While the COVID-19 pandemic exacerbated these issues, the funding Biden is proposing could help alleviate those concerns.

The money could help reduce the hearings backlog, bringing the annual average processing time for a decision down to 270 days in fiscal year 2022 from 386 days in fiscal year 2020, according to the Social Security Administration’s estimates.

Read more here:

Contact our office today if you or anyone you know would like to learn more about qualifying for Social Security Disability benefits.

By: Joyce Trudeau of Premier Disability Services, LLC®

Manipulative Limitations in a Disability Claim

Posted June 18, 2021 by Premier Disability Services, LLC®

Nearly every job requires full and complete use of the hands. Anyone who has “manipulative limitations” caused by injury or pain needs to be aware that this can be an important component of a disability claim. While more obvious in situations involving a condition such as carpal tunnel syndrome or a specific hand injury, this limitation can also be important even when it is not the major disabling condition.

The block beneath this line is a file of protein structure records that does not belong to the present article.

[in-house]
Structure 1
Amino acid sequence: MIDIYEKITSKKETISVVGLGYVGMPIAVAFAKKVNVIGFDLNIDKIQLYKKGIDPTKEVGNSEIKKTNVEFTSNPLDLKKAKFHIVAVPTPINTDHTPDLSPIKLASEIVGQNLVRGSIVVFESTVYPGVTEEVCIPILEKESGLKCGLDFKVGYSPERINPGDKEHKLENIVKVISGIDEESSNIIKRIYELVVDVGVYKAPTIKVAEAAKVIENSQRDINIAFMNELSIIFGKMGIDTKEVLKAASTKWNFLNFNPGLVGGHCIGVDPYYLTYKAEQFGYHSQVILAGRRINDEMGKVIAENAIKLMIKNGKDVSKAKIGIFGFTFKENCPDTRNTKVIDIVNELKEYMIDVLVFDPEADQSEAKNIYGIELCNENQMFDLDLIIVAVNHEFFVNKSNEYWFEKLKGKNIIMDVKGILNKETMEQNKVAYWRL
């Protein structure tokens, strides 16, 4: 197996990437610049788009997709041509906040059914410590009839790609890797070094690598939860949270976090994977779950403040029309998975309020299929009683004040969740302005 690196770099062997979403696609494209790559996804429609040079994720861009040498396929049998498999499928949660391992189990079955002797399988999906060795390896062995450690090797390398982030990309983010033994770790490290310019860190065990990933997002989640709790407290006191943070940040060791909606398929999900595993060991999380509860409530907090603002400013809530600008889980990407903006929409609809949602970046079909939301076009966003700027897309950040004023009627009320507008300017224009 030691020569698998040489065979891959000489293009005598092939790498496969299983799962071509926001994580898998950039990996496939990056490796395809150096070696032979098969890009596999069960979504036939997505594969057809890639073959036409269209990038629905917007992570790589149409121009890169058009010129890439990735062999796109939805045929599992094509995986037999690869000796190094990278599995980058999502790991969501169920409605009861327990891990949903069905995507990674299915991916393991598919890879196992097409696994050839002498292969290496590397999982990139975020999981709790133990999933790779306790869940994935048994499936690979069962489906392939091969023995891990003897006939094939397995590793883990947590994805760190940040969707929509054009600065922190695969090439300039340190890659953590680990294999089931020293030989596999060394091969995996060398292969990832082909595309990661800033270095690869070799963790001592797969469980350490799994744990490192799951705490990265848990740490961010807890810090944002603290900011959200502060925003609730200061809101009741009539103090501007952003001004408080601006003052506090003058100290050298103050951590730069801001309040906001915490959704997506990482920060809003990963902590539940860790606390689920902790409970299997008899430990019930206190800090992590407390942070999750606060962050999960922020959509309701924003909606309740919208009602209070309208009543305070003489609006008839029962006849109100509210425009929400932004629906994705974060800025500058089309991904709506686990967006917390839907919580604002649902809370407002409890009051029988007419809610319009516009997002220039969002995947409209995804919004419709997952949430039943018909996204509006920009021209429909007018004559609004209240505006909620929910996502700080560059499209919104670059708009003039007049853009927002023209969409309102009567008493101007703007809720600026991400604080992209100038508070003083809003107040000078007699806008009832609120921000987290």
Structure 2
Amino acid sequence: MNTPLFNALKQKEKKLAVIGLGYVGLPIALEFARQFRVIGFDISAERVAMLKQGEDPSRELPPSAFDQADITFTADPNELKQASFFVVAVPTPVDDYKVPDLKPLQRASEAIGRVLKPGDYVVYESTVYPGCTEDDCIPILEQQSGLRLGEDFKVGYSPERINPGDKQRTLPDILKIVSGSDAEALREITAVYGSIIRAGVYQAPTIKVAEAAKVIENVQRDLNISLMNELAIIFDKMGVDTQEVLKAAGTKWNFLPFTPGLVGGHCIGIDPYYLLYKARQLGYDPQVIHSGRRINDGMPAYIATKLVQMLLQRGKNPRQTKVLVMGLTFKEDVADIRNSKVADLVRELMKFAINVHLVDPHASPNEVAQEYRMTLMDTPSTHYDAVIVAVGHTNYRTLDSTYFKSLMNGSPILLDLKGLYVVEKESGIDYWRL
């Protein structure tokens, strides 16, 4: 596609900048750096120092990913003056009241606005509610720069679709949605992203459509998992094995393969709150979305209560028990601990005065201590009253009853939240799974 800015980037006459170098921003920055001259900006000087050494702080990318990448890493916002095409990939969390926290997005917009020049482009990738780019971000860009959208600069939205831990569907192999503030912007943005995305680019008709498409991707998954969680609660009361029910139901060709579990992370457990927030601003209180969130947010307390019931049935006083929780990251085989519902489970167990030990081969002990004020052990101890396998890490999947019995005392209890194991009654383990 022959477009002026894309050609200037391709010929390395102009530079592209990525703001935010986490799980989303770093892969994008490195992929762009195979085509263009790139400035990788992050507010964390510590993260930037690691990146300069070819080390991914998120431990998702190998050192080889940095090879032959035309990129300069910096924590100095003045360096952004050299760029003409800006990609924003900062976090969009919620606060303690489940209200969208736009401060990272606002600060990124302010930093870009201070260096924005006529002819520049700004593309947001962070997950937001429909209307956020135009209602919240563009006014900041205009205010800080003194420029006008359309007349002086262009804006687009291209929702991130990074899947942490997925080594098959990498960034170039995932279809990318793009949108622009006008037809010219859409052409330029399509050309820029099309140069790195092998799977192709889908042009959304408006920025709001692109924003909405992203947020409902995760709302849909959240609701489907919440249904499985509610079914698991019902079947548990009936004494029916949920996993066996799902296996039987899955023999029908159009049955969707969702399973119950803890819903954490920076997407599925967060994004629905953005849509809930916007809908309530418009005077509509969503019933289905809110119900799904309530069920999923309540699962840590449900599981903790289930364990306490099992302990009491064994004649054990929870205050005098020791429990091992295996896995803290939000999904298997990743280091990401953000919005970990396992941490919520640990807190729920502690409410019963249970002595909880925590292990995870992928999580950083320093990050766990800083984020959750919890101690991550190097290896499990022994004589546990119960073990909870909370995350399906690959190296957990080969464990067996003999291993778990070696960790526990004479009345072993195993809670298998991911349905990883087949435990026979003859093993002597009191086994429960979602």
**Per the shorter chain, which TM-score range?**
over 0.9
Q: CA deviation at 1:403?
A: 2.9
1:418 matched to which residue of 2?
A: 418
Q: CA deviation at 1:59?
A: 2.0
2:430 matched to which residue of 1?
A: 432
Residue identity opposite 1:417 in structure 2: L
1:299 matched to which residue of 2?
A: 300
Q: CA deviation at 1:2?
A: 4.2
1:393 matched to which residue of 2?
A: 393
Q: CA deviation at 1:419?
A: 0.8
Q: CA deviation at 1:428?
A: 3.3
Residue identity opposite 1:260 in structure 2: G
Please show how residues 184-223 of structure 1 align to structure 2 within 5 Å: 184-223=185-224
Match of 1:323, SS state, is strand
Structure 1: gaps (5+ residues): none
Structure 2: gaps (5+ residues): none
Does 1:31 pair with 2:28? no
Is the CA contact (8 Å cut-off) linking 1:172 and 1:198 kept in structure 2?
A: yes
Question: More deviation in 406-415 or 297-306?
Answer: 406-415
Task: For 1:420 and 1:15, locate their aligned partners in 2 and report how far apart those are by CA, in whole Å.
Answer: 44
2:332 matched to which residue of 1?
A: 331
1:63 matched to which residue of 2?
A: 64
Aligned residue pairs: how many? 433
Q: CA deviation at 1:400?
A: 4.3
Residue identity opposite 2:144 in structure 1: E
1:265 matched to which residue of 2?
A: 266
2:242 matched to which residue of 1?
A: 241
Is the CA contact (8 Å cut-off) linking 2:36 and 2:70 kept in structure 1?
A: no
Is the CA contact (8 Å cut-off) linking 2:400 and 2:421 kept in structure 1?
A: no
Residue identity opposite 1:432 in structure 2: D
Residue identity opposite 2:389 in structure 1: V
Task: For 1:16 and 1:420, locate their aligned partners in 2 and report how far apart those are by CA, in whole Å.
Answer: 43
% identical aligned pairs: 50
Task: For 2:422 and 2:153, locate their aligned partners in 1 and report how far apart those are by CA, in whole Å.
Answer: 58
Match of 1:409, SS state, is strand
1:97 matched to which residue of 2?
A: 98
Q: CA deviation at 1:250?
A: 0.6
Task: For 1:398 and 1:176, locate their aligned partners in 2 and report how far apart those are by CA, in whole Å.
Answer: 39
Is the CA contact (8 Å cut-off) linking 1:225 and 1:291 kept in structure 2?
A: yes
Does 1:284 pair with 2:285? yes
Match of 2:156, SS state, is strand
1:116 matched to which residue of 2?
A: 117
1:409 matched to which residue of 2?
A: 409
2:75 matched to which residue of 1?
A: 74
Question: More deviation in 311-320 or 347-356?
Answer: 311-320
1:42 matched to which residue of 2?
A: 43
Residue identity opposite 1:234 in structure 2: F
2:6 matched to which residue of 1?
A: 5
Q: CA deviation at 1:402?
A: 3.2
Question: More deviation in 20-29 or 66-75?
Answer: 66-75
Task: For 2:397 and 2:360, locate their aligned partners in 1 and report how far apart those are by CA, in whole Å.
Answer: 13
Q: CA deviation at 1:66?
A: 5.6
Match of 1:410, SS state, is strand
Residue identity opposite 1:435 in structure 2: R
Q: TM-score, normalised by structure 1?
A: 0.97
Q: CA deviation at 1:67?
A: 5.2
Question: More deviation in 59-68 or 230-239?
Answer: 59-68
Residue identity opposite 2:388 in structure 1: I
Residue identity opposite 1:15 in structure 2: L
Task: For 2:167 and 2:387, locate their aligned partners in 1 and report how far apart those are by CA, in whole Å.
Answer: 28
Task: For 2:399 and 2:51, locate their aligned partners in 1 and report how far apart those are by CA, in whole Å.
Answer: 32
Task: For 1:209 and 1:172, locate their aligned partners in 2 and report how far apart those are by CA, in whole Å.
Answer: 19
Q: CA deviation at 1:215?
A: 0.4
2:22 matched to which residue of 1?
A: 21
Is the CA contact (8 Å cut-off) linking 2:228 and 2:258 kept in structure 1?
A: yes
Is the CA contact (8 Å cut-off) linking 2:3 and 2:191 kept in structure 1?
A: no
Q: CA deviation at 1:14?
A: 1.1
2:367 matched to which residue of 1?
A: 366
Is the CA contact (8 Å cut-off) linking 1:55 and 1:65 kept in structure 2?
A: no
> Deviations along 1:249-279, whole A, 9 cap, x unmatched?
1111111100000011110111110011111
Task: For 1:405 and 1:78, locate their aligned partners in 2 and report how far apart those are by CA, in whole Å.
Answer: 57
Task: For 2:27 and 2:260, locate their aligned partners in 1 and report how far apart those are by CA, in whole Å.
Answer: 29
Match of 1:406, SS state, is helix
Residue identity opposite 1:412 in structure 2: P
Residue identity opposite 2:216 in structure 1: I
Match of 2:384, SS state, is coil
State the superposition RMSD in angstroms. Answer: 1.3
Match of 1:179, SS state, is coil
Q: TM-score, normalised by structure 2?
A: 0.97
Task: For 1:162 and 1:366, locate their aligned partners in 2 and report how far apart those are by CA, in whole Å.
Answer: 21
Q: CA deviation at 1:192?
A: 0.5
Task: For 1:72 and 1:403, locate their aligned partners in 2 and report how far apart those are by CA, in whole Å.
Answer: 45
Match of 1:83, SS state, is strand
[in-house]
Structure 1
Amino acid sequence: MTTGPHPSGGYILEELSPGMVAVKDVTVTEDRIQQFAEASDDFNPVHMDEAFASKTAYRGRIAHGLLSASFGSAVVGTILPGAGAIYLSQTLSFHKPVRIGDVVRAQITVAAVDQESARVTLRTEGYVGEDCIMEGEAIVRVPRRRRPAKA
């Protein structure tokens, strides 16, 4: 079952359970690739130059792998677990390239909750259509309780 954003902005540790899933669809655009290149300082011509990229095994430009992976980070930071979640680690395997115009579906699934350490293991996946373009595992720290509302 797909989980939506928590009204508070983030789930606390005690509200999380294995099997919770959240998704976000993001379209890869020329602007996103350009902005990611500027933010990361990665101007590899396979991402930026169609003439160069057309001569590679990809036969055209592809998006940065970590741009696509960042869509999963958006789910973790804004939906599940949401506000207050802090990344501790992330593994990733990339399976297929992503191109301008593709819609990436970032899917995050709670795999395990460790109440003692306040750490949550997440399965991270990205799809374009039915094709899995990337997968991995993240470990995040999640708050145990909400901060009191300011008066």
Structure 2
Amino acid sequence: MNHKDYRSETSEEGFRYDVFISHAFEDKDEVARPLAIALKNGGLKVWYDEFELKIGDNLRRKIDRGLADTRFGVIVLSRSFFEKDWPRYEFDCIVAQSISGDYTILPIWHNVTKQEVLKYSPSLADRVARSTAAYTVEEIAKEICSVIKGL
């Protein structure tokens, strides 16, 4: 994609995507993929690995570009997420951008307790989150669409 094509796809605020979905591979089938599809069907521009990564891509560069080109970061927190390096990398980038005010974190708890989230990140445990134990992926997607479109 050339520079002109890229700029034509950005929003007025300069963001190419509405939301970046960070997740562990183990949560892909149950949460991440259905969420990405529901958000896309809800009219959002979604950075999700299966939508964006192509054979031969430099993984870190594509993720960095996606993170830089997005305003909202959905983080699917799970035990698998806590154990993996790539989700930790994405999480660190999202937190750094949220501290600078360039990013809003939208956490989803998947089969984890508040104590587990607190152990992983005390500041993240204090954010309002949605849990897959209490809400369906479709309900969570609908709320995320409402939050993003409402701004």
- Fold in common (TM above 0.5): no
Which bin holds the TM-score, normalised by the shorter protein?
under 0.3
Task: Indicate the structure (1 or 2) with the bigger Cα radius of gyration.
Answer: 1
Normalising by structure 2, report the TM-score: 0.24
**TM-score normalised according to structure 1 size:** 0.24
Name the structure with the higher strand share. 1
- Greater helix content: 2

Social Security law says that in order to do even unskilled, sedentary work a person must have good use of both hands and the fingers – this is called “bilateral manual dexterity” in the regulations. Any significant limitation in a person’s ability to handle, pick up and finger small objects is important in the disability decision. Many claimants have conditions that restrict the amount of lifting they can do. Anyone person who can lift and carry even 10 pounds for most of the day may still be found capable of sedentary work, under Social Security regulations. The addition of a manipulative limitation, particularly of the dominant hand, can be enough to tip the scale in favor of the claimant.